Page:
An engineer on Thursday promoted the advantages of a rancher’s proposal to lease his wells to Las Vegas, saying they would provide clean water and increase the city’s supplies.
Paul Saavedra of Santa Fe Engineering spoke for more than an hour to the Las Vegas Community Water Board, a nonprofit group whose stated aim is to help the community reach water solutions. He is working for Alexander Milliken, who owns the ranch with the wells southwest of town.
“This is wet water readily available now,” Saavedra said.
He said that the way the aquifer zones are structured, the Milliken wells may have less of an impact on the 80 or so nearby wells than the city’s one operating well at Taylor Wells. Both the Milliken and Taylor wellfields are near Ojitos Frios.
Residents in Ojitos Frios and other communities have complained that the city’s increased pumping at Taylor Wells have caused their well levels to drop. The city, backed by an official in the state engineer’s office, has contended that the residents’ wells are affecting one another.
Saavedra, a former water rights official in the state engineer’s office, said the Milliken wells would pump water from an aquifer zone that dips below Taylor Wells. He said there is a separation in the aquifer zones from the Milliken wells and the residents’ shallower wells.
However, he said monitoring of nearby wells would have to be conducted to determine the effect. He said if the city accepts the Milliken offer, then such monitoring could happen.
The city has 1,550 acre-feet of water rights per year at Taylor Wells. However, the city has used far less than that — for example, 114 acre-feet in the drought year of 2006. In fact, it’s been more than 40 years since even 600 acre-feet has been pumped at Taylor Wells.
The state engineer requires that the city and others use their water rights. If not, water rights owners could theoretically lose unused rights. As a practical matter, the state engineer has been granting the city extensions, and no one involved in the matter expects the state to take away the city’s rights at Taylor Wells anytime soon.
The Milliken Ranch is offering to let the city lease the wells in exchange for piggybacking on the city’s rights at Taylor Wells.
“What we are proposing to do is make up for the 950 acre-feet the city isn’t using,” Saavedra said. “This makes sense economically; this makes sense hydrologically.”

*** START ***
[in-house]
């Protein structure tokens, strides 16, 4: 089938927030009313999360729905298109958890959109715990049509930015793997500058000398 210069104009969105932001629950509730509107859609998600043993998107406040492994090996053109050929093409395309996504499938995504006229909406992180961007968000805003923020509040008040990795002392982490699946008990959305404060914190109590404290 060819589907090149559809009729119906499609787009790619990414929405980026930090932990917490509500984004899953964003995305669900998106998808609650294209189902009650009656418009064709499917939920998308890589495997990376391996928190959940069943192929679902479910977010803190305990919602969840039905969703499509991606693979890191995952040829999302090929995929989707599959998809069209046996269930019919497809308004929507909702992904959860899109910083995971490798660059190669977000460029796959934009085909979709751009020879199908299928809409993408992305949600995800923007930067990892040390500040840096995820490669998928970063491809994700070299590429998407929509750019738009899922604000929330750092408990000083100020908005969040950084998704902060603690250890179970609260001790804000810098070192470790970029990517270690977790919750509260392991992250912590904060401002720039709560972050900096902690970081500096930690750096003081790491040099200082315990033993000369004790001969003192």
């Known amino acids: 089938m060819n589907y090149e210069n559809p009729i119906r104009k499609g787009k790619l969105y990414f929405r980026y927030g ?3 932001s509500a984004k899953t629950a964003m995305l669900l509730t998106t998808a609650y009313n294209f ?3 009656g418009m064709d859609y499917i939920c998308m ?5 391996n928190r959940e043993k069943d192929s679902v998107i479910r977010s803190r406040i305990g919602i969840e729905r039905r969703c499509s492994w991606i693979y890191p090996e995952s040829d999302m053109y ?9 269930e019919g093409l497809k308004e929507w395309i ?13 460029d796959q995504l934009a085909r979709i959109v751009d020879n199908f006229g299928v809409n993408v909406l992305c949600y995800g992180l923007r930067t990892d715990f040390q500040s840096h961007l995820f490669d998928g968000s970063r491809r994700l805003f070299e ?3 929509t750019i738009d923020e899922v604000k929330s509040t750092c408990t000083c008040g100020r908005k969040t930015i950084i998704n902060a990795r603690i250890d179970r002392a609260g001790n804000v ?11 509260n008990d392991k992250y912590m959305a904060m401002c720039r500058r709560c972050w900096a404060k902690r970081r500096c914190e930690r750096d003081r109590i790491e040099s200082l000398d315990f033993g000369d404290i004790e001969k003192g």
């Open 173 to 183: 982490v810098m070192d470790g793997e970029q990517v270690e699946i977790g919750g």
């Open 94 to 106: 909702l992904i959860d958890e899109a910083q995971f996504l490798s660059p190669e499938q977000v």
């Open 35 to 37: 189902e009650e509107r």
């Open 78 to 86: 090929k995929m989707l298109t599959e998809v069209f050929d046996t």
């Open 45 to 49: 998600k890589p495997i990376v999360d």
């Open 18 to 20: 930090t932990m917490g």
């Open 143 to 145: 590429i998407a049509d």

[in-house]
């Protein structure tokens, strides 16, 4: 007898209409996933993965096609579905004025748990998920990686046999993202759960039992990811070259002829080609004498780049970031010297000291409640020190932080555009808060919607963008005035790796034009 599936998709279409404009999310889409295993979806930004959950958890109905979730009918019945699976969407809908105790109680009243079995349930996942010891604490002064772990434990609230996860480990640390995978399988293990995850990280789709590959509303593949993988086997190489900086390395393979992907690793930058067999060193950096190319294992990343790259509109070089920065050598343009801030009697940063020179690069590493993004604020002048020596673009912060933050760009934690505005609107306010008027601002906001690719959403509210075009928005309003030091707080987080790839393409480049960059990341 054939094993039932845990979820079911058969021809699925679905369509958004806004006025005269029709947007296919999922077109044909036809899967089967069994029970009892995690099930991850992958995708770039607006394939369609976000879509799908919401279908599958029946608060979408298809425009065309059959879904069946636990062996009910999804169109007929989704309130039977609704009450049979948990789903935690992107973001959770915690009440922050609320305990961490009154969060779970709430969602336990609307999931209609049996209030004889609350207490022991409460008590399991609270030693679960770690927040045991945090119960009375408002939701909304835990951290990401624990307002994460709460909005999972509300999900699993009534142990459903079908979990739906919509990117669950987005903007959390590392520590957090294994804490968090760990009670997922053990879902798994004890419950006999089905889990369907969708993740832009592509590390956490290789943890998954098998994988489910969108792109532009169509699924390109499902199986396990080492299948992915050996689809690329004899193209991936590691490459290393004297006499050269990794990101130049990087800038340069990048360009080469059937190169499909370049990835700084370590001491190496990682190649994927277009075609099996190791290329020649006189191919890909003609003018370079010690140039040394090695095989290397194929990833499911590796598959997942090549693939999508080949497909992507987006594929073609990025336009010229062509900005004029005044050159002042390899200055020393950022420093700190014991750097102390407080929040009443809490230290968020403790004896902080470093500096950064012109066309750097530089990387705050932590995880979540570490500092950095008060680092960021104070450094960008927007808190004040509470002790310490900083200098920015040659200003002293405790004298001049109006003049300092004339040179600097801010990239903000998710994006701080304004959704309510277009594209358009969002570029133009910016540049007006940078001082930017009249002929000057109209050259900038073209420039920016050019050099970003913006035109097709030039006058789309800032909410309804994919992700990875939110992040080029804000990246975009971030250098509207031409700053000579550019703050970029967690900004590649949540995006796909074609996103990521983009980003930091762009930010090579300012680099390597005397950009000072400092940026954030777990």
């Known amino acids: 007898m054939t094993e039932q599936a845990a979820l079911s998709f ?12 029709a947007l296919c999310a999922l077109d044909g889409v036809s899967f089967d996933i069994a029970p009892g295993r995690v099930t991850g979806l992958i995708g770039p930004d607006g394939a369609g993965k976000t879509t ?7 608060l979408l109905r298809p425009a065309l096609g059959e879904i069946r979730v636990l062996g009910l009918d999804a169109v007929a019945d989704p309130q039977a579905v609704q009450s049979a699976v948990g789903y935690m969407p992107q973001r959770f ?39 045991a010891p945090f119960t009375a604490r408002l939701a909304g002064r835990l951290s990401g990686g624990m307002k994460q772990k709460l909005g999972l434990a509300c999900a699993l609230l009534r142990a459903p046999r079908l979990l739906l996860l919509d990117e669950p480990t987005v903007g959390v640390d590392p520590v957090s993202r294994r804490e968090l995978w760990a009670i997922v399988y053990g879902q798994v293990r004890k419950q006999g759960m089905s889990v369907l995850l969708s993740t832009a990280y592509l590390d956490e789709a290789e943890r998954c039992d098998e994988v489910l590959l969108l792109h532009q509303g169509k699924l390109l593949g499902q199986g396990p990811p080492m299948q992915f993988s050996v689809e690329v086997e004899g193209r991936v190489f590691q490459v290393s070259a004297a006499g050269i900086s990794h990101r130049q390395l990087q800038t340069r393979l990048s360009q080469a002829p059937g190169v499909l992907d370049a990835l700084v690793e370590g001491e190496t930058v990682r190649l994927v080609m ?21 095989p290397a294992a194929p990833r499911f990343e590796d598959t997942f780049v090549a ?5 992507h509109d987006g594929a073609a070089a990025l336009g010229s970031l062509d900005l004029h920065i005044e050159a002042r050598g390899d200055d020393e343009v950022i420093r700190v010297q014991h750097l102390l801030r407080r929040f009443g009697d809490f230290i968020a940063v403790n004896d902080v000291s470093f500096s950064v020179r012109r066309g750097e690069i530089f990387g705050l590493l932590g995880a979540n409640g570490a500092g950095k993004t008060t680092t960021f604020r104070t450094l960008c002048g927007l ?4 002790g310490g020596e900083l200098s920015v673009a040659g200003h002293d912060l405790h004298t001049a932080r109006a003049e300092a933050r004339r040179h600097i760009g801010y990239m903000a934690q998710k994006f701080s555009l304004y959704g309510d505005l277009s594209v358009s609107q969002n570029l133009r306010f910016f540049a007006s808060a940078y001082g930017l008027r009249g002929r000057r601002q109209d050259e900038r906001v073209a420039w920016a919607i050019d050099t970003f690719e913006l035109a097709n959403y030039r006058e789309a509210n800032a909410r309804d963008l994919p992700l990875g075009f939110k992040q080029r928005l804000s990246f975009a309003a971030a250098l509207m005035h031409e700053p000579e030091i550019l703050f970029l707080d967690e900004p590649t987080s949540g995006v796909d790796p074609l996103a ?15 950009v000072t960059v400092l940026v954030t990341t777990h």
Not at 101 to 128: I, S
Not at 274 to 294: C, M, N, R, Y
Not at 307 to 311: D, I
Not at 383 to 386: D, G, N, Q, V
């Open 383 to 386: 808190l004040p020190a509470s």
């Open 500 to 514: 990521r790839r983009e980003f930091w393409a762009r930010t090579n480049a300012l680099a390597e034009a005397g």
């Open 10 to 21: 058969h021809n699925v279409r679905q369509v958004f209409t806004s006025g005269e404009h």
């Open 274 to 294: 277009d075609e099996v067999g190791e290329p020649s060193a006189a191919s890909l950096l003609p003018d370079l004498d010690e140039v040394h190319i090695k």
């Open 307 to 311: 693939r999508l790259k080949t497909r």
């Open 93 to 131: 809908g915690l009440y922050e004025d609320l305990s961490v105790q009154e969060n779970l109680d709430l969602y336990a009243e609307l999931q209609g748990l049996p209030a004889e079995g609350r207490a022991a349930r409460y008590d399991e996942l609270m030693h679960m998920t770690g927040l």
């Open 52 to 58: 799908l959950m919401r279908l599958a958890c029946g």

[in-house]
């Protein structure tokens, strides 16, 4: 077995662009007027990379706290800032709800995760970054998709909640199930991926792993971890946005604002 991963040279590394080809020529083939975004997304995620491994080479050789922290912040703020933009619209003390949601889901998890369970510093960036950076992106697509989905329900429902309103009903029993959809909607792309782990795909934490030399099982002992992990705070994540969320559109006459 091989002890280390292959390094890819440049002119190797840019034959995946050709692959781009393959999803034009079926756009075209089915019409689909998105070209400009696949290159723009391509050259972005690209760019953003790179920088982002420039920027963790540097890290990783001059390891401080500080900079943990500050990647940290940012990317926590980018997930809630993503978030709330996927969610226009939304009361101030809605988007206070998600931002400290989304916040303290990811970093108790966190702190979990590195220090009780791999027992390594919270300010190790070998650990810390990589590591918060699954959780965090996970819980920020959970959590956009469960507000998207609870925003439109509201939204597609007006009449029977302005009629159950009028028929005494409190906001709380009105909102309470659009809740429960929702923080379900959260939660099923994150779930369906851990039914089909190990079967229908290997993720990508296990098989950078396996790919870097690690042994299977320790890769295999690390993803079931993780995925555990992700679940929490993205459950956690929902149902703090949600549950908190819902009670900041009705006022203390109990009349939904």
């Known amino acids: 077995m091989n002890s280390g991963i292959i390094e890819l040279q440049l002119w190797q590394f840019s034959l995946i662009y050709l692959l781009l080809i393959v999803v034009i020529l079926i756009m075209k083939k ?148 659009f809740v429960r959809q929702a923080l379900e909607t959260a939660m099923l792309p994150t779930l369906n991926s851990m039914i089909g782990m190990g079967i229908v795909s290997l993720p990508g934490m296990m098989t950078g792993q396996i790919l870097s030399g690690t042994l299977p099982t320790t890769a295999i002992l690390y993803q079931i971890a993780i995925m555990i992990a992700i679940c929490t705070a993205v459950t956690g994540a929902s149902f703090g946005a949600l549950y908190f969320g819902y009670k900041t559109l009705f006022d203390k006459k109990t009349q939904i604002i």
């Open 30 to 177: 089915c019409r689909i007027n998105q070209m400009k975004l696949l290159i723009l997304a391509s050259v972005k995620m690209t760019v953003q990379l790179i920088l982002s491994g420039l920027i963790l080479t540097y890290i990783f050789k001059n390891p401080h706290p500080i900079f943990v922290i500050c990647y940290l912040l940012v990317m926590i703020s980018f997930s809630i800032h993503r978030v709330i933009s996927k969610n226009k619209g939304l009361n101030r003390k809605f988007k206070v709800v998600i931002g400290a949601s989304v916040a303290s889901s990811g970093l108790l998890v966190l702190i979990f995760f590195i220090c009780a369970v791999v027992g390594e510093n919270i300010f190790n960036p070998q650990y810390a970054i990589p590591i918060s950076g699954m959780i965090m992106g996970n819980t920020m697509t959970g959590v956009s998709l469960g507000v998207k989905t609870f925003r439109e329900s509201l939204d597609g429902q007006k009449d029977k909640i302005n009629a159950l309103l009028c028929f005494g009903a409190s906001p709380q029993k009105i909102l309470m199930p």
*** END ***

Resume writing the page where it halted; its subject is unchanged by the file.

Testing on five Milliken wells has shown they can produce 2,200 acre-feet a year, according to a report by John Shomaker & Associates, an Albuquerque firm. That compares with the 2,600 acre-feet taken off the Gallinas River annually, which has been Las Vegas’ primary source of water.
Saavedra said Shomaker’s prediction is that the wells could produce that amount for the next 20 years.
Andrew Feldman, president of the water board, said the Milliken offer is a “promising solution.” He said that while the city has legitimate water rights at Taylor Wells, it needs to be concerned with residents impacted by pumping there.
“We are a community,” he said.
He said the city has been particularly aggressive in the last year in its pumping at Taylor Wells.
Asked about the city’s role, City Manager John Avila said the conversations with Milliken had been confidential, but now Milliken and his supporters have made it a public issue.
“We’re very interested in the possibilities of the (Milliken) wells,” he said.
Feldman agreed that discussions on price should remain confidential, but he said it’s important for the city to respond to the Milliken offer.
Milliken presented his proposal in October, and the offer expires June 30.
With the March 4 municipal election approaching, a number of candidates attended the meeting. Feldman himself is a Ward 3 council candidate, and one his opponents, Henry A. Sanchez, also showed up for the meeting.
Three mayoral candidates, Gary Ludi, Tony Marquez and Ramon “Swoops” Montao, also attended.
Marquez, a city councilman, said he was attending to absorb information about the issue.
“I want to make an intelligent and informed decision,” he said.